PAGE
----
The past few years have brought some interesting changes to the merger and acquisition (M&A) market in the office systems industry. Going back to 2009 and 2010, the financial crash in the United States led to a slow down in acquisitions. Those that had the money to buy businesses were holding onto their money for fear of what the future held. Those that didn’t have the cash on hand to buy found themselves dealing with banks that were suddenly averse to lending. As the economy began to recover the M&A world saw another significant change. Capital gains taxes were raised from 15% to 20%. This meant that anyone selling their business now paid an additional 5% or more to the U.S. government.
Acquisition has, however, been and still is one of the best methods of expansion. Let’s face it; we are in a stagnant industry. A POS dealer or solution provider can expand through diversification and many have. Taking on new product offerings services are certainly options, yet each of these comes with a learning curve and ramp up time. Acquiring a POS dealership that more closely matches your business model is probably the fastest and safest way to grow both revenue and profitability.
With all of these changes I’ve been asked if there is still a market for acquisitions. The answer is a definite yes. If you are considering your own exit strategy then a sale of the business should be an option you want to investigate. However, you’ll want to understand the process and what drives value to find a good fit and to ensure a real win-win situation for both sides.
So where do you start? First and foremost, before starting down the path of selling your dealership you need to look at the big picture. This includes looking at what you will do after a sale. Life is basically a game. Your role as a business owner is your position in this game. Too often resellers don’t really look at what it means to sell the business and walk away from this game. As the owner of a business you are much like a professional athlete; if you walk away from the game there MUST be a game to replace it. For most people, simply saying that you’ll retire, play golf or fish just doesn’t cut it. Many who embark on this path find themselves miserable within a few short months. Just look at how many dealers sold their business to manufacturer and then opened a new dealership once their non-compete agreements expired. They missed the game!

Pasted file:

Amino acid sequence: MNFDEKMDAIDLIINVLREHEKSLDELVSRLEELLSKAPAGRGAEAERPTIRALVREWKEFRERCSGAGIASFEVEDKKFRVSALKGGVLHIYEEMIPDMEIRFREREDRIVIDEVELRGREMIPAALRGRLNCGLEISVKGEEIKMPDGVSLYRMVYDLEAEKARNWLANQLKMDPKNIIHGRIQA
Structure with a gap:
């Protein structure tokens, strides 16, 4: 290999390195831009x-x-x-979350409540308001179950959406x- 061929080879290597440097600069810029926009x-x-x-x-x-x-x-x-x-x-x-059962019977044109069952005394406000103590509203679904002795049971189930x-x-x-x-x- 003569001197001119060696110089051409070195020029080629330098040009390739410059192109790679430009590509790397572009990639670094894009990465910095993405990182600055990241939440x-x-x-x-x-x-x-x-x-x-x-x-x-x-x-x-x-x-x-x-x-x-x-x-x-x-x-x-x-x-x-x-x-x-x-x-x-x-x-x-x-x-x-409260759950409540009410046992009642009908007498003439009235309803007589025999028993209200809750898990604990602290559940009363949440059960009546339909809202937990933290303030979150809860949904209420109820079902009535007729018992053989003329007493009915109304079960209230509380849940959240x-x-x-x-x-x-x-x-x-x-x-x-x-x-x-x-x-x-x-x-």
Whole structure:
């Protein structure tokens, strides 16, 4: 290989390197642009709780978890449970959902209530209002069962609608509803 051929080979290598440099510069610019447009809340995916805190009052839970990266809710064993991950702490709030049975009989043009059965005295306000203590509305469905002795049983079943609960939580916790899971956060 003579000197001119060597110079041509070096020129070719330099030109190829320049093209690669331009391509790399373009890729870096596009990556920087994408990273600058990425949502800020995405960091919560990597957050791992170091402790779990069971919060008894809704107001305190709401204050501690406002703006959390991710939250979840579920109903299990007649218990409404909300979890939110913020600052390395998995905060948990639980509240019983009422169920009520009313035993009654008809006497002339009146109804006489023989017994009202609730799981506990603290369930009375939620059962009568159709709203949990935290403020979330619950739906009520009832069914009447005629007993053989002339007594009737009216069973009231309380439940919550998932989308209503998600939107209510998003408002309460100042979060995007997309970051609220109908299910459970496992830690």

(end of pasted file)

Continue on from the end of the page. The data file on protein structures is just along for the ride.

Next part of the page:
That said, I implore you to consider thoroughly what leaving the business means and, I challenge you to map out a real future game that will present the challenge needed to keep you engaged and happy.
Getting to the basics:
So what is a dealership is really worth? What creates value? Profitability is the single most important factor in almost every sale. Whether they present it as part of their model or not, potential buyers look at what their return on investment will be. Many buyers rely almost entirely on profitability to determine a purchase price. In this it is vital to understand the difference between profits as viewed from a management versus a tax standpoint. Many dealers choose to take advantage of tax savings like accelerated depreciation or run personal expenses or expenses that would not transfer over to a buyer through the business. This is done to reduce the tax burden on the business. If you employ this method of tax reduction it is critical that you document it completely. These expenses are actually profit that you’ve chosen to distribute as expenses and must be presented as such. When valuing a business we recast the income statement to add these expenses back to the net profit. However, I’ve represented POS dealers whose poor record keeping made this almost impossible and thus cost them tens of thousands of dollars. If you take accelerated depreciation, extraordinary write-offs or choose to run any personal expenses through your business keep a very clean paper trail.
Recurring revenue streams is the next item that impacts value. Very often dealers focus much of their attention on selling equipment. Though this is important, you need to focus as much attention on the recurring revenues that come from service and supplies. A strong portfolio of recurring revenue builds value for a buyer as they can be relatively sure that this revenue stream will continue. A strong equipment sales history is valuable but cannot be guaranteed to continue, particularly when sales reps choose not to join the new company and their revenue contribution evaporates almost immediately after closing a sale. One of the best things you can do for the future sale of your business is to concentrate on recurring revenues and be sure to hold the profit margins on them. Do not fall into the trap of allowing reductions in service and support prices to get equipment or software sales. You’ll be in a much better position if you reduce the price of the equipment or software and hold the service prices firm.